Deadly Departed: Don’t Let A Rogue Employee Damage Your Online Presence

by | Jul 1, 2015 | Social Media

You know how Linkedin shows a list of people in your network who are “getting noticed”? A good friend of mine, one of the connections listed, died three years ago. He would have appreciated all of the attention.

This got me thinking. One of my clients wrote an article about managing digital assets after death, but what happens when the employee that has access to your website or your social media accounts doesn’t die, but instead quits or goes rogue?

Here are some steps you should take before that becomes an issue:

  • Use a company email address to open the account – Make sure that the email address used to establish the account is a company address using the company domain. If you allow the employee to use their personal address like [email protected], it makes it more difficult to prove that your business owns the account and that the employee was working on your behalf.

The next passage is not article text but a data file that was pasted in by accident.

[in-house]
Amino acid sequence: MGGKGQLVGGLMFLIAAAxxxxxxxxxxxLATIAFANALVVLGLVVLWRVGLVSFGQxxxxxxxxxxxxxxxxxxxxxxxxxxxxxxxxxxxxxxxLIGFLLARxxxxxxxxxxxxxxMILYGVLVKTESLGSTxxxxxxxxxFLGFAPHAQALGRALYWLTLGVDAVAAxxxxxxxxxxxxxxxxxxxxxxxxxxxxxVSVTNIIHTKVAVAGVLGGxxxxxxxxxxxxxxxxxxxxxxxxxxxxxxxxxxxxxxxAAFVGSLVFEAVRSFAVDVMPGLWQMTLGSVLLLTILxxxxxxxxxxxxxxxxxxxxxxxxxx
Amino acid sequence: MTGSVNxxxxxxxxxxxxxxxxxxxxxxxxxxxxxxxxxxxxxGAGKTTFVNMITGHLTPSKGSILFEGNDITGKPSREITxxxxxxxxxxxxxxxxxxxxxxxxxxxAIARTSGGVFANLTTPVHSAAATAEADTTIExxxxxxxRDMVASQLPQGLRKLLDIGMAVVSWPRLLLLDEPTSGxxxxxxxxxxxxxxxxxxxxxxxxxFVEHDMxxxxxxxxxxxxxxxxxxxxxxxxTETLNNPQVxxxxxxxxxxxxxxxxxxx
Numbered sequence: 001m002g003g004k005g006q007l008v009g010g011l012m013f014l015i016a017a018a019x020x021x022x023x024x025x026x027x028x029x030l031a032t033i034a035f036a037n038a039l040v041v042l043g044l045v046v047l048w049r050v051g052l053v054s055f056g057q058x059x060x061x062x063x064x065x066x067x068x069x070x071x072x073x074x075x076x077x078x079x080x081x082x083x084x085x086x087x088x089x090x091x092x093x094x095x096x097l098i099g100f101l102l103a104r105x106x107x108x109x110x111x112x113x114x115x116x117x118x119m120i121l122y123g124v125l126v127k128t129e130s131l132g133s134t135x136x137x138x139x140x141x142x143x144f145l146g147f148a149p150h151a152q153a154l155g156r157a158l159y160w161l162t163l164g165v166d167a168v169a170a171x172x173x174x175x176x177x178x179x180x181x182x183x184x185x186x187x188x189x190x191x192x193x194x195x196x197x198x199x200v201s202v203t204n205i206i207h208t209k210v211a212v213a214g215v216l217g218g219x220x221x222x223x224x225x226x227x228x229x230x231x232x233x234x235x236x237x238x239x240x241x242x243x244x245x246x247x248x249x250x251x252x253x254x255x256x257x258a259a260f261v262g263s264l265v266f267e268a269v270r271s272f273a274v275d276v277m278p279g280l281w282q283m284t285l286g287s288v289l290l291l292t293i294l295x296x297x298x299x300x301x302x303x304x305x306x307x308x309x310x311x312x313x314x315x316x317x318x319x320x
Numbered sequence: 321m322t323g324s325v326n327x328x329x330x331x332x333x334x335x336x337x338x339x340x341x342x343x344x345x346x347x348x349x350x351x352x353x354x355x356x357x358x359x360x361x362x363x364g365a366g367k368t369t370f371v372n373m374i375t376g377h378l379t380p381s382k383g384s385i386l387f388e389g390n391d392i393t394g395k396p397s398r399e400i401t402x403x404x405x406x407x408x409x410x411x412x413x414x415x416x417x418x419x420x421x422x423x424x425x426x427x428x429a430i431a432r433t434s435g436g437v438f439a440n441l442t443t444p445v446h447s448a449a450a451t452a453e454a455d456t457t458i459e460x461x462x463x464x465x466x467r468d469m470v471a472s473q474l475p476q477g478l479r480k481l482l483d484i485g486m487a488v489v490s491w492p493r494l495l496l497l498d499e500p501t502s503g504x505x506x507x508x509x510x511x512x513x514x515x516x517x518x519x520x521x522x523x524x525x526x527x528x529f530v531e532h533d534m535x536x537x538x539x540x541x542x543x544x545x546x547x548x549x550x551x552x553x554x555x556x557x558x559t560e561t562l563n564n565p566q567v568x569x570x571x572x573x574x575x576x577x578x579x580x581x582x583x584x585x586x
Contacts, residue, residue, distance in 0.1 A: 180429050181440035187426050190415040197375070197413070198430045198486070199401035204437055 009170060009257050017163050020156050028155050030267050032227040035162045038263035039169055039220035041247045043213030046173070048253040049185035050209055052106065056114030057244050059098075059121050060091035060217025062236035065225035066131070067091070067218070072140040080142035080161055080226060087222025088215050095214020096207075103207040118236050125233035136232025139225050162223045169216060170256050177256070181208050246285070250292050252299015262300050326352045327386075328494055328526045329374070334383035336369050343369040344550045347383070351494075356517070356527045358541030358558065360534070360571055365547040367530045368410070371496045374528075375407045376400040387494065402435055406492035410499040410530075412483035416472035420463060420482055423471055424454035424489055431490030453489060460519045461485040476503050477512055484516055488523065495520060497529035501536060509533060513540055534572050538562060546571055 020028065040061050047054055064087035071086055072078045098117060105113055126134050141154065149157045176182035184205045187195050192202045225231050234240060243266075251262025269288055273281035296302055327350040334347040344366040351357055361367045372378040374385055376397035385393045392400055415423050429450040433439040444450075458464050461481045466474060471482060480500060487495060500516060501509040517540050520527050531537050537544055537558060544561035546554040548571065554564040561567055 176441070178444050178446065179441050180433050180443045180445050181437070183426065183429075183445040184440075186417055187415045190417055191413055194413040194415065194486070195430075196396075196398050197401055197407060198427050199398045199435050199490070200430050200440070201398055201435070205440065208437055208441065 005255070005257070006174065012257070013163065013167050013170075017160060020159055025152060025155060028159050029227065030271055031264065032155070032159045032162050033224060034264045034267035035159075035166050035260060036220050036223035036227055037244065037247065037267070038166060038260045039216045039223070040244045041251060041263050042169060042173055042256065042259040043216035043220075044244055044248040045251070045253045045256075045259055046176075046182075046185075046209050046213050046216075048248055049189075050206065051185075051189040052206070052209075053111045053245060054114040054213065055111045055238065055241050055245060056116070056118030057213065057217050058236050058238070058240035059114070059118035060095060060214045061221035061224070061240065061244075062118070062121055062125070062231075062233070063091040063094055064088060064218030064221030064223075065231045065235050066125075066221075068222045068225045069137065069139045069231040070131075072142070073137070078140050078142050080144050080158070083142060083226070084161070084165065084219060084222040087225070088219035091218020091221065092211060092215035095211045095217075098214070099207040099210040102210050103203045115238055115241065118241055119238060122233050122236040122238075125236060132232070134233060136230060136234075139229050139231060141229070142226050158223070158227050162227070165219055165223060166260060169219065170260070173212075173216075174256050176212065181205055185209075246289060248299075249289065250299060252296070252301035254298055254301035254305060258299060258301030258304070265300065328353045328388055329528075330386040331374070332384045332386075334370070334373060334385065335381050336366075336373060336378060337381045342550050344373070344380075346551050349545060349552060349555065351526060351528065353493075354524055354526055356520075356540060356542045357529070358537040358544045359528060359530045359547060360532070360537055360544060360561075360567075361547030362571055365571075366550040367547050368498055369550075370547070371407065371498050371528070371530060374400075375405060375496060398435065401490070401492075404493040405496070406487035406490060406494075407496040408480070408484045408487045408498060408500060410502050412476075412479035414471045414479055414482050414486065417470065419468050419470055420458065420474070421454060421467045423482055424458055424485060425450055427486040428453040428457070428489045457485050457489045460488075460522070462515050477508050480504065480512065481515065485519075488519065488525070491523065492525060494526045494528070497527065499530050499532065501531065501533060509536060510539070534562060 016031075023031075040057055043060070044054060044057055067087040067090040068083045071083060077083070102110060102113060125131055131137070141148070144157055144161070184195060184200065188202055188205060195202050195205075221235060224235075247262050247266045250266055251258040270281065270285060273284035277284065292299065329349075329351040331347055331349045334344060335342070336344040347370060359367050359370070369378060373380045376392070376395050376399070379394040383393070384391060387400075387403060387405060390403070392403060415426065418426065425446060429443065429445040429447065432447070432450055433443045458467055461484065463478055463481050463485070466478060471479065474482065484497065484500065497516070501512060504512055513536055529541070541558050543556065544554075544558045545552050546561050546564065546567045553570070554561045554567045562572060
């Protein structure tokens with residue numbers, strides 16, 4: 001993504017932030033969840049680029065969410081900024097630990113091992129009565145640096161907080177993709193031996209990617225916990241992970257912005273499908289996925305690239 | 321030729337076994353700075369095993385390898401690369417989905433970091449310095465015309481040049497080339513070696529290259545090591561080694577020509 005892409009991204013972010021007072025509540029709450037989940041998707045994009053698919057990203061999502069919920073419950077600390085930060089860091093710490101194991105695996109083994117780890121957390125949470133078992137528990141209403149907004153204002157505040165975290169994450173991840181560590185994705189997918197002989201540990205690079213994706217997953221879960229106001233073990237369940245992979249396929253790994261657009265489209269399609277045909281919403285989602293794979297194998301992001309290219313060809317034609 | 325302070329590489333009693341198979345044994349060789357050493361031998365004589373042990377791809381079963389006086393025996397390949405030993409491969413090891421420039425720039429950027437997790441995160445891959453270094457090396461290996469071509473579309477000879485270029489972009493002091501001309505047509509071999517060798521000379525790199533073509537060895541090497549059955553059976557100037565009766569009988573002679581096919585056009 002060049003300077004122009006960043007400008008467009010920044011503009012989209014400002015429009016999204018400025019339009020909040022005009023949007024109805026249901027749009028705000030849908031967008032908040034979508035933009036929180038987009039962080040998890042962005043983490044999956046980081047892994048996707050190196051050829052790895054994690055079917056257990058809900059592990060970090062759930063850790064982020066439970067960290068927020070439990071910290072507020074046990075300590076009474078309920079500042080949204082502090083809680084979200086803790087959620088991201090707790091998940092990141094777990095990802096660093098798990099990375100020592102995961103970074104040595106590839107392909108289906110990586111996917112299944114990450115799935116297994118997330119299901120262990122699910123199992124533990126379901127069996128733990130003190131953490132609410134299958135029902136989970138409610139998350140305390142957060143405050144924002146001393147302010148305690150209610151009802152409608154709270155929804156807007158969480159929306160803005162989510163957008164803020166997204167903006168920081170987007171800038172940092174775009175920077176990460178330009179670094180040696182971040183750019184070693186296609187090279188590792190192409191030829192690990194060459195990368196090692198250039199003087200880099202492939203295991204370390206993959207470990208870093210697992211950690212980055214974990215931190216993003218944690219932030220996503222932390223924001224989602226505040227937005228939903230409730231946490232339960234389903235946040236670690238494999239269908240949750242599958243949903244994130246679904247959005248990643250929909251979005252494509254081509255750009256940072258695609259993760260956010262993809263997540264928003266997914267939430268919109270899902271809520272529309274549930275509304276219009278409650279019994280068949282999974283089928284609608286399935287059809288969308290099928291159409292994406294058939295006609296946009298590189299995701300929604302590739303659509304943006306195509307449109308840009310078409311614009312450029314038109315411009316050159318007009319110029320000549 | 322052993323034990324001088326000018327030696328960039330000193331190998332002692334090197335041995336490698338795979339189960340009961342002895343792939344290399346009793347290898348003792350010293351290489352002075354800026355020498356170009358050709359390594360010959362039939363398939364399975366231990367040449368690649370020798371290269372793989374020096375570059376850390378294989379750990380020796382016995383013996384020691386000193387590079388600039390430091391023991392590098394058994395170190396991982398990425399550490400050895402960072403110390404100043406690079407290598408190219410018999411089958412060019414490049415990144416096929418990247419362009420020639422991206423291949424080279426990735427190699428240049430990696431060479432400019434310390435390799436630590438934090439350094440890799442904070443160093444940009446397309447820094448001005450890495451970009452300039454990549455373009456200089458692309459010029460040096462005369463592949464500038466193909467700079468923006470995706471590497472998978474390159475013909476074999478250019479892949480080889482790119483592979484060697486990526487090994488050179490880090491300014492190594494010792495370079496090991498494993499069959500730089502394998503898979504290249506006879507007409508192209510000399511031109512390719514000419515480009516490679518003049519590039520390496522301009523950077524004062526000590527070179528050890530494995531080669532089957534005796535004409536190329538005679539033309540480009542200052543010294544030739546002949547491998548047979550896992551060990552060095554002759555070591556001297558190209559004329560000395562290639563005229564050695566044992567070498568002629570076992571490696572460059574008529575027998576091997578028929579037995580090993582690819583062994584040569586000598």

• Only give them as much access as they need. If its your website, do they really need administrator access when author or editor access is sufficient to update business hours? Same with Facebook, if they are only going to post the occasional picture to your page, they should not need admin access. Remember once they are an admin, they have the power to lock YOU out!
  • Have clear policies about what can be said and done online. – If you don’t have a social media policy and guidelines for your company, you need one. Also, remember to revoke access when the employee leaves your firm or there are other significant HR issues. As HMV learned a few years ago, it’s not a good idea to have a company employee live tweeting mass firings.

Your business’ online presence is an important asset. Take the steps to protect it and it will serve your company well for the long term.

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